The changing status of Israel’s Arab population - opinion

This complicated reality is undoubtedly reflected in the new political constellation created by Israel’s 36th government, and the way the Jewish opposition speaks of and relates to the Arab MKs.

PRIME MINISTER Naftali Bennett and MK Mansour Abbas in the Knesset. This week, various members of the coalition – foremost Abbas’s Ra’am party – signaled that they may not vote for the budget if certain conditions were not met. (photo credit: YONATAN SINDEL/FLASH90)
PRIME MINISTER Naftali Bennett and MK Mansour Abbas in the Knesset. This week, various members of the coalition – foremost Abbas’s Ra’am party – signaled that they may not vote for the budget if certain conditions were not met.
(photo credit: YONATAN SINDEL/FLASH90)

Two weeks ago, Channel 12 TV aired a series of five reports, called “To be an Arab in Israel,” produced by its reporter on Palestinian affairs, Ohad Hemo, in its daily news broadcasts from Sunday to Thursday.

What Hemo did in his documentary was to present five Israeli Arab families with different backgrounds and approaches to their lives in Israel, leaving out extreme Islamists, rioters and law-breakers, and concentrating on people with whom the average Israeli is less likely to have contact in his/her daily life, even though they constitute the relatively silent majority within the Arab population.

What he wanted to hear from his Arab interviewees, who he also accompanied in their daily rounds, was how they view their connection to the State of Israel and how they contend in their daily lives with the dilemmas that this connection raises, both against the background of the attitude of the Israeli authorities and Jewish population toward them, and against the background of their being Palestinians.

Unlike most Israeli interviewers, Hemo didn’t approach his Arab interviewees as if they were guilty of some wrongdoing or hidden agendas, or from a judgmental point of view, but simply as someone who wanted to hear their point of view about the reality they live in, which is not simple by any standard.

Side by side with his documentary footage, Hemo stood before a group of Israeli Jews, whom he confronted with basic facts about the daily lives of Israel’s Arab citizens. It is not clear how the members of the group were chosen, but from their recorded reactions to the facts that Hemo presented, most of them appeared to be pretty ignorant about what should be common knowledge regarding the lives of 20% of their fellow citizens. For example, the vast differences in average earnings between Jews and Arabs, or the fact that in the Jewish town of Safed there are 26 bus lines, and that in an Arab town of similar size there are only two. It is also unclear whether any effort was made to include in the group representatives of the variety of views held by Israeli Jews about the Arabs and their rightful place in the Israeli society.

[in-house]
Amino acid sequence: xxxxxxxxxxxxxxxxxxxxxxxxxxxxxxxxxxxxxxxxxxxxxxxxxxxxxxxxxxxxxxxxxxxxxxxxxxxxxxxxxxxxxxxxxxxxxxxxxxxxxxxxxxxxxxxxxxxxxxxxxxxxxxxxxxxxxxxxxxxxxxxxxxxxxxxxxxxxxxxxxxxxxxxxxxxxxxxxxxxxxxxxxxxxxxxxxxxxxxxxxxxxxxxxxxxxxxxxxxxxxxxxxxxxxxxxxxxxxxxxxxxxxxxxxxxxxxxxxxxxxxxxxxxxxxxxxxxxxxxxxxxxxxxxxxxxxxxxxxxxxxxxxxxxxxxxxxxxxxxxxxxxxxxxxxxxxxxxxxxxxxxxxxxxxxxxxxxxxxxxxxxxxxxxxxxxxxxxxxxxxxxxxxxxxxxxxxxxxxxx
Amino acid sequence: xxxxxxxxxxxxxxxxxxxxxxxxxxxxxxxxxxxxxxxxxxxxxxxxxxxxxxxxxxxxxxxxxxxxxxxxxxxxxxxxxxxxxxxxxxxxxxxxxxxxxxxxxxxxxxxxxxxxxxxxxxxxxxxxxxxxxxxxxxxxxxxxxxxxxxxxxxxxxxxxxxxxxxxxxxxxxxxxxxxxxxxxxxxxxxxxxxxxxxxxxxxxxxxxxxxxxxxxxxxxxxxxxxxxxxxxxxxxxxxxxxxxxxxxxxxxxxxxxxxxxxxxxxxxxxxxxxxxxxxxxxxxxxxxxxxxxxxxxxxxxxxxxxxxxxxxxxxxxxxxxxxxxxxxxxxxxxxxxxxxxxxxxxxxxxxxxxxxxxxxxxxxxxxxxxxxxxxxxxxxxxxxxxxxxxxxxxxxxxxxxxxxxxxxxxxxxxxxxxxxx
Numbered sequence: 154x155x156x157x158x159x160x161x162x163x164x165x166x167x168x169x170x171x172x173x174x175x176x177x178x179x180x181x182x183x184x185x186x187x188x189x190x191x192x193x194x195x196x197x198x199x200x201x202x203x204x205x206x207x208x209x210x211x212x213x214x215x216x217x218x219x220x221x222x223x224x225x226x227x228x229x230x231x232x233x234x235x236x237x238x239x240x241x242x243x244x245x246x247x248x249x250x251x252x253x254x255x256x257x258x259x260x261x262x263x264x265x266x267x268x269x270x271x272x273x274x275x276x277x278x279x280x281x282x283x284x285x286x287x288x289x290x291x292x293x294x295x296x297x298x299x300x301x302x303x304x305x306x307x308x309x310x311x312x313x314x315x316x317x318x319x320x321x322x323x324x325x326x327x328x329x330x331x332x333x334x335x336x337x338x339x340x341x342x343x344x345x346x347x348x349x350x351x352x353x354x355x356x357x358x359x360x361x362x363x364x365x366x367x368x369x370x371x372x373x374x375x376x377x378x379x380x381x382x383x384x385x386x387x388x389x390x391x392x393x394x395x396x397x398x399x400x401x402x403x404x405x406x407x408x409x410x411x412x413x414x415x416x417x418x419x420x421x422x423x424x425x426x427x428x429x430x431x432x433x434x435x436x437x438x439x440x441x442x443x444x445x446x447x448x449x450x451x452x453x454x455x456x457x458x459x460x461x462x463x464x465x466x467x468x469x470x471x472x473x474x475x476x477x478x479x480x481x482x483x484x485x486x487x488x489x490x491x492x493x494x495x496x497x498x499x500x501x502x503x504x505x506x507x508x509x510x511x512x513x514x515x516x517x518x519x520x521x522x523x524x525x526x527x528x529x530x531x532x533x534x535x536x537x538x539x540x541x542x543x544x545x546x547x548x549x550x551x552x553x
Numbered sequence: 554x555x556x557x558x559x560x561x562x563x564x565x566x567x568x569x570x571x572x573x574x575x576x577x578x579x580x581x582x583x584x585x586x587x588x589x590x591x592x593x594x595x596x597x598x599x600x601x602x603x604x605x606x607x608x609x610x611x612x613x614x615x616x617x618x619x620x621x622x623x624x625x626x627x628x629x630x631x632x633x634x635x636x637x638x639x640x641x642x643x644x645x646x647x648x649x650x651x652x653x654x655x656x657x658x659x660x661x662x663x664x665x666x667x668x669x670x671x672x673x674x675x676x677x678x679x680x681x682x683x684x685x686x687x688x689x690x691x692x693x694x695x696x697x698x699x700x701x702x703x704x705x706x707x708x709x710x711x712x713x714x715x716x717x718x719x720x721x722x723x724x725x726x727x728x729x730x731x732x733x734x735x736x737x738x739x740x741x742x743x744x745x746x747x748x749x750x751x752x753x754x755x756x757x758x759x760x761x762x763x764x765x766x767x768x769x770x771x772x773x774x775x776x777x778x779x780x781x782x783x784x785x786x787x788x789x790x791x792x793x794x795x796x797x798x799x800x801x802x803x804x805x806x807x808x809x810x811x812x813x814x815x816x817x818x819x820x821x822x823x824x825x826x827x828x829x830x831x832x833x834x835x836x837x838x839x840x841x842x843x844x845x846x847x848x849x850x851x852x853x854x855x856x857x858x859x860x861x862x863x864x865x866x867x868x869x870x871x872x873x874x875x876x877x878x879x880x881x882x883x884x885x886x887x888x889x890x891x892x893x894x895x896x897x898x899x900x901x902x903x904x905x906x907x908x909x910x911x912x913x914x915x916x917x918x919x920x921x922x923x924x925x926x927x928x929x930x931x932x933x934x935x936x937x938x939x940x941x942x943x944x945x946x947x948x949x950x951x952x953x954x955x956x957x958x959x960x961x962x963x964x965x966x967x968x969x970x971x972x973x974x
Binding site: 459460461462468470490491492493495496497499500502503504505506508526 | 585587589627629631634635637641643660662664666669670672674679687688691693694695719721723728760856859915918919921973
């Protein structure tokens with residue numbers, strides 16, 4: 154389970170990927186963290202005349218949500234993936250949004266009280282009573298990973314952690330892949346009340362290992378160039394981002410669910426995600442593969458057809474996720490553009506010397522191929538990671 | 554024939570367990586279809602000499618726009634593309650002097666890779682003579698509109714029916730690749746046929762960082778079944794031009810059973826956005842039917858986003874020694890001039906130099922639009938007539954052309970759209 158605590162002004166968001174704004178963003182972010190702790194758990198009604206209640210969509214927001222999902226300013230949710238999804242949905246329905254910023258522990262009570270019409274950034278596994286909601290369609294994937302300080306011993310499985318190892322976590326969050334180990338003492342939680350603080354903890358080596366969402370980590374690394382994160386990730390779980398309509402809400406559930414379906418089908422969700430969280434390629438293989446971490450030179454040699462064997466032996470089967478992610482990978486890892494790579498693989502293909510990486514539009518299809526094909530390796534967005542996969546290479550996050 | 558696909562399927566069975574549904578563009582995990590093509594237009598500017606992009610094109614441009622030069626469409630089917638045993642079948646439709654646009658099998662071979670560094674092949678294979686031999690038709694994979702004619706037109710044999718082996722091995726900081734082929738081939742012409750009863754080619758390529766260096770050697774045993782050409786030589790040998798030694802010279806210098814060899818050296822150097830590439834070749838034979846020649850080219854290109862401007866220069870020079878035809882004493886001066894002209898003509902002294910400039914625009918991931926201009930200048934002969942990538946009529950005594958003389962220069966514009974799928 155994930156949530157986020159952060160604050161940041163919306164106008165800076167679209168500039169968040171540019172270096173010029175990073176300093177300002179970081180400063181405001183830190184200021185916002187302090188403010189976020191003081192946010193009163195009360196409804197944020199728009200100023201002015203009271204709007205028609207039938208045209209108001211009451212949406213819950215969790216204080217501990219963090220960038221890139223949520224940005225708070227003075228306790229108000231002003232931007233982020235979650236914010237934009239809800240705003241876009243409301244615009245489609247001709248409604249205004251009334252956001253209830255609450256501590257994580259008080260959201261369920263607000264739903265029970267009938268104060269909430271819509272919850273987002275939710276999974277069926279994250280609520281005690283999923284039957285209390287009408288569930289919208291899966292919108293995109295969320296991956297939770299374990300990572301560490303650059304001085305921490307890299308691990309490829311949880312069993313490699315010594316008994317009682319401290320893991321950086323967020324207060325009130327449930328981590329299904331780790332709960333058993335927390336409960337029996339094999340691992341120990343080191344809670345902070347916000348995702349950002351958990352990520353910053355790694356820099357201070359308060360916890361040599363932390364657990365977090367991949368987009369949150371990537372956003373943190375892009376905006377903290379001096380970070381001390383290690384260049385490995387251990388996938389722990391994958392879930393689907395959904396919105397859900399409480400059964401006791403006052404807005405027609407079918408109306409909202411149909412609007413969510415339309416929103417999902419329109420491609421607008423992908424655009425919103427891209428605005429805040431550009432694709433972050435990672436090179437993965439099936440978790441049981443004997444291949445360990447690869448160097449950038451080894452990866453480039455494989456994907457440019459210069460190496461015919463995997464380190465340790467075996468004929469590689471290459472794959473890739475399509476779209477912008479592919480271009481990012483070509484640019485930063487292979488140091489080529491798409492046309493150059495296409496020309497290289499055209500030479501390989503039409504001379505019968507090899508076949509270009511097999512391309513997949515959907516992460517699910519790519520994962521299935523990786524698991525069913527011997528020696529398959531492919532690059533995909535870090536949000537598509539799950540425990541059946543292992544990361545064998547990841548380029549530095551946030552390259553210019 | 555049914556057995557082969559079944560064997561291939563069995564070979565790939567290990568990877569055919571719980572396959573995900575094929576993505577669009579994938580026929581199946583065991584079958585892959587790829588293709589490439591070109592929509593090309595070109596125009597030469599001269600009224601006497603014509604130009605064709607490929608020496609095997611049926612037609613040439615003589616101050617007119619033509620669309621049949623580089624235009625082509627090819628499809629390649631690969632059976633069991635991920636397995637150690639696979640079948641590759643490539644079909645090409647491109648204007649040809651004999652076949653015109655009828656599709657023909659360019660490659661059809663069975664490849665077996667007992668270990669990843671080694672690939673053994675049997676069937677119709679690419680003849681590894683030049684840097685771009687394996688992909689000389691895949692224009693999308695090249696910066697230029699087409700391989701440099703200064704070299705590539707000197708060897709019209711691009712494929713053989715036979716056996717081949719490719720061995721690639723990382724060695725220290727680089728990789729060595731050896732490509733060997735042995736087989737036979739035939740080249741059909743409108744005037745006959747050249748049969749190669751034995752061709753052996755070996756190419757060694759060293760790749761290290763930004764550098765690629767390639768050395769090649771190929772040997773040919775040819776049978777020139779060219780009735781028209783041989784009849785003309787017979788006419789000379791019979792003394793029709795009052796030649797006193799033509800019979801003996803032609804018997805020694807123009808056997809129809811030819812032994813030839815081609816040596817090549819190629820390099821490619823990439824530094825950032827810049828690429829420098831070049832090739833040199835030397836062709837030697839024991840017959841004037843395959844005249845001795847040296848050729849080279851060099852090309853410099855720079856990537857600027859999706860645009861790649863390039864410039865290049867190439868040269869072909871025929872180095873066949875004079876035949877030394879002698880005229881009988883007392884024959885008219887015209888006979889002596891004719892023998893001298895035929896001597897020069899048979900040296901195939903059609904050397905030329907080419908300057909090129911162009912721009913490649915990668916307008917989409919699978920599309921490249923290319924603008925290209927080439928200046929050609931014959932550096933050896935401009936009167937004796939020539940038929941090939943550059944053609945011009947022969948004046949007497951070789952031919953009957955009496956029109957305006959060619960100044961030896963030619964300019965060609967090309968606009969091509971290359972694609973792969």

A demonstrator holds a sign reading ''their pain is the responsibility of all of us,'' as Jewish and Arab Israelis protest in Tel Aviv against police inaction, the surging crime and violence in Arab communities  on March 13, 2021. (credit: FLASH90)A demonstrator holds a sign reading ''their pain is the responsibility of all of us,'' as Jewish and Arab Israelis protest in Tel Aviv against police inaction, the surging crime and violence in Arab communities on March 13, 2021. (credit: FLASH90)

For example, one woman from the group stated that she resents seeing Knesset seats occupied by Arab MKs (in the 24th Knesset there are two Arab deputy speakers). This woman might believe that the fact that there are Arabs in Israel is a historical mistake, as recently stated by Religious Zionist Party chairman Bezalel Smotrich, who explained that the “mistake” was the result of the “fact” that in 1948/49, prime minister David Ben-Gurion did not have enough time to throw all the Arabs out. Alternatively, she might believe that the Arabs have the right to remain in Israel, but that Israel’s democracy applies only to its Jewish residents. There are also Jewish Israelis, who maintain that only “loyal” Arabs, who accept that Israel is the exclusive national home of the Jewish people, can be citizens. Others believe that since Israel is a democracy, its Arab citizens, like everyone else, can hold whatever views and beliefs they choose, as long as they do not endanger the security of the State of Israel and Jewish lives.